• Daniel Mateiko, Kenya (no pb): Mateiko, who trains with Eliud Kipchoge under coach Patrick Sang in Kaptagat, has big-time potential. He owns a half marathon pb of 58:26 and has broken 59:00 six times, including his two most recent races: 58:36 at the Antrim Coast Half in August and that 58:45 at RAK in February. He paced Kelvin Kiptum in London last year and came through halfway with Kiptum in Chicago last fall in 60:48, holding on for 18 miles before dropping out.
  • Alexander Mutiso, Kenya (2:03:11 pb): After dropping out of his debut at 2020 Tokyo, Mutiso, a 57:59 half marathoner, has finished on the podium in all three of his subsequent marathons: 2:03:29 for 3rd at 2022 Valencia, a 2:05:09 win at 2023 Prague, and most recently a 2:03:11 pb for 2nd at 2023 Valencia.
  • Leul Gebresilase, Ethiopia (2:04:02 pb): Gebresilase is very consistent and very good at finishing on the podium but has won just one of his 11 career marathons. Still, he has an impressive track record that includes 2nd and 4th at the last two Londons and a bronze at Worlds last year. After running in the 2:04s five times, can he finally get under 2:04 and earn a major marathon victory?
  • Seifu Tura, Ethiopia (2:04:29 pb): Tura won 2021 Chicago and was 2nd a year later. Last year he was 5th in both London and Chicago.

5) Does Kenenisa Bekele have one last surprise in him?

It’s pretty remarkable that, two months shy of his 42nd birthday, we are even discussing Kenenisa Bekele‘s chances of making a fourth Olympic team. Bekele made his Olympic debut 20 years ago by winning the 10,000 in Athens, and four years later earned double gold in Beijing, repeating in the 10,000 before delivering a virtuosic performance in the 5,000. He was 4th in the 10,000 in 2012 but was left off the Ethiopian marathon team in 2016 — a decision that looks bad in retrospect given Bekele won Berlin that fall, missing the world record by six seconds. When Bekele missed the Olympics again in 2021, it looked as if his dream of a fourth Olympic berth was dead.

Embed from Getty Images

Bekele has persevered. With a new sponsor supporting him — he signed with the Chinese brand Anta last year after 20 years with Nike — Bekele ran a masters world record of 2:04:19 to finish 4th in Valencia in December. A flicker of hope for Paris.

Let’s be real: Bekele’s chances of making the Olympic team this summer are slim. He’s 41, he’s had injury/motivation issues throughout his marathon career, and his most recent race went poorly as he ran just 63:59 at the NYC Half on March 17 while battling stomach problems. Motivation shouldn’t be an issue this time — Bekele knows he must perform in London to be selected — but he’s facing an uphill battle. 2:04:19 may be a great time for a 41-year-old, but Bekele does not get bonus points for his age. He was only the third Ethiopian finisher in Valencia.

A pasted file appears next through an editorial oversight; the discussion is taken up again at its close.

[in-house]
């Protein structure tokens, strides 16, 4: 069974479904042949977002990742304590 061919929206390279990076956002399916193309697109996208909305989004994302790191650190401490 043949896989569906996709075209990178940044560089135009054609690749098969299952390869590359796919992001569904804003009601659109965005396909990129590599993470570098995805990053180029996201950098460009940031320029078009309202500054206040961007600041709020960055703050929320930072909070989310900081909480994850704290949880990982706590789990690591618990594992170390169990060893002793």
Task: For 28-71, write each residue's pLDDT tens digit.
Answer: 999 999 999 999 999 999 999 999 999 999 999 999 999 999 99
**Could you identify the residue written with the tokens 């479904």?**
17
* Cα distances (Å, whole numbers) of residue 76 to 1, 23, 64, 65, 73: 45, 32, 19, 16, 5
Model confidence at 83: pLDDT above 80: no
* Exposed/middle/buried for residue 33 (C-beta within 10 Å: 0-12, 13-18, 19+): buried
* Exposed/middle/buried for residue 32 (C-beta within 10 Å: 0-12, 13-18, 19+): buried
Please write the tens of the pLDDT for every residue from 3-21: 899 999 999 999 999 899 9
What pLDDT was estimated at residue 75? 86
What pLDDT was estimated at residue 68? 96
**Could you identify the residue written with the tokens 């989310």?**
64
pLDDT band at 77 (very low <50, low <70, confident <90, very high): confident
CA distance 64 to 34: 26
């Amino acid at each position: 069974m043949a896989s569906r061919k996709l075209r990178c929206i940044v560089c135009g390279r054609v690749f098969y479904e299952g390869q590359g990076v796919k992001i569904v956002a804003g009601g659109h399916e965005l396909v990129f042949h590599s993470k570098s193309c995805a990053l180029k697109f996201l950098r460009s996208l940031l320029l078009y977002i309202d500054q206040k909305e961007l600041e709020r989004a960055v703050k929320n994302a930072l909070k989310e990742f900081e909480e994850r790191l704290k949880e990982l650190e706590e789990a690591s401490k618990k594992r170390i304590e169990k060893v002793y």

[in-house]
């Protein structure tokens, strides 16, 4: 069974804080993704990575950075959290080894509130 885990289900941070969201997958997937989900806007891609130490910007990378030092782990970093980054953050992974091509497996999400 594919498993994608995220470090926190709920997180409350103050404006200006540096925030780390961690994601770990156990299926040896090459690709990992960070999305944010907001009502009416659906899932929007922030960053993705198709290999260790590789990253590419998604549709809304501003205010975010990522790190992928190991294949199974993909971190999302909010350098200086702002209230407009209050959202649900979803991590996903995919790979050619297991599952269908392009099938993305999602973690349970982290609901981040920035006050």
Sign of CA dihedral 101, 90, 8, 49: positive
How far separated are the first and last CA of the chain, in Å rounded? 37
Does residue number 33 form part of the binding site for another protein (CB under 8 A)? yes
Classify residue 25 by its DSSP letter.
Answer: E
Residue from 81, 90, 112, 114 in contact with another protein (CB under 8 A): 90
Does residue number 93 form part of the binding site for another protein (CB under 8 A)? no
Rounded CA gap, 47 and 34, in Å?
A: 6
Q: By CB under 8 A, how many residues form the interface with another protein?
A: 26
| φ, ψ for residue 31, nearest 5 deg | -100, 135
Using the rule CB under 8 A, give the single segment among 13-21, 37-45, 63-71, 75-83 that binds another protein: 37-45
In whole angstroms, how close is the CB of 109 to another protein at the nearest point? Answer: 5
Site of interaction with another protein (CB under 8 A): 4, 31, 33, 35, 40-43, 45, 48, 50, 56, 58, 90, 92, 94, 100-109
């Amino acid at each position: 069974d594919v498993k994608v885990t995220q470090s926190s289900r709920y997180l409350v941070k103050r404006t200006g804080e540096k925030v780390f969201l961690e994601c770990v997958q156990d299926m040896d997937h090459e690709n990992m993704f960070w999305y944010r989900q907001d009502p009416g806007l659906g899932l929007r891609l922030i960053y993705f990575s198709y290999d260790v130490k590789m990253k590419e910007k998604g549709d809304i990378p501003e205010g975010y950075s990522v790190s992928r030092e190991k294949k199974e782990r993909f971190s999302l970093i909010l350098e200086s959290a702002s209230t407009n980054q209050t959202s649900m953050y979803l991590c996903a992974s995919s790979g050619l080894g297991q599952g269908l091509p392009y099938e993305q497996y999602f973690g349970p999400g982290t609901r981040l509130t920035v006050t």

Realistically, Bekele will need to win on Sunday to put himself on the team, though 2nd or 3rd could be enough to do it if he runs in the 2:03s. It’s unlikely, but with Bekele — who was written off before winning Berlin in 2016 and 2019 — it’s never impossible.

Bekele is not the only athlete whose Olympic hopes are on the line in London: every Ethiopian and Kenyan in the elite field will be making their case for selection on Sunday.

Who wins 2024 London?

Your vote has been counted. Thank you!

What will the men's winning time in London be?

Your vote has been counted. Thank you!

What about the non-Africans?

It’s also a big race for British marathoners. Philip Sesemann is already on the Olympic team, but the remaining two spots are up for grabs. Emile Cairess, who ran 2:08:07 to finish 6th last year, is the only other Brit with the standard and in strong position to be selected. The other contenders for the spot are Mahamed Mahamed (currently 82nd on the Road to Paris list by virtue of his 2:08:42 pb from 2023 Valencia), former NCAA 10,000 champion Marc Scott (making his debut), and two-time Worlds 4th placer Callum Hawkins. Hawkins has not finished a marathon since 2019 after a hellish injury cycle that has included ankle surgery, a torn hamstring, and stress fractures in his femur and pelvis.

US Olympic Trials third placer Leonard Korir will be hoping no Brit aside from Cairess runs fast as anyone who hits the 2:08:10 Olympic standard will automatically move ahead of Korir on the Road to Paris list. Currently Korir is in a good spot — in fact, his Olympic chances actually improved over the weekend even though Korir only ran 2:12:49 in his attempt to hit the Olympic standard in Rotterdam. That’s because CJ Albertson‘s 2:09:53 for 7th in Boston moved Albertson up into 71st in the rankings, ahead of Australia’s Liam Adams. Entering the weekend, Korir had been behind Adams in 72nd, and even though Korir himself did not improve his ranking, if USATF is awarded a third Olympic spot, it will go to Korir. So for Korir’s Olympic qualification purposes, Albertson being ahead of Adams is as good as Korir being ahead of Adams himself.

Talk about 2024 London both now and as the racde happens on our world-famous fan forum / messageboard: Official 2024 London Marathon Discussion Thread .

Want More? Join The Supporters Club Today
Support independent journalism and get:
  • Exclusive Access to VIP Supporters Club Content
  • Bonus Podcasts Every Friday
  • Free LetsRun.com Shirt (Annual Subscribers)
  • Exclusive Discounts
  • Enhanced Message Boards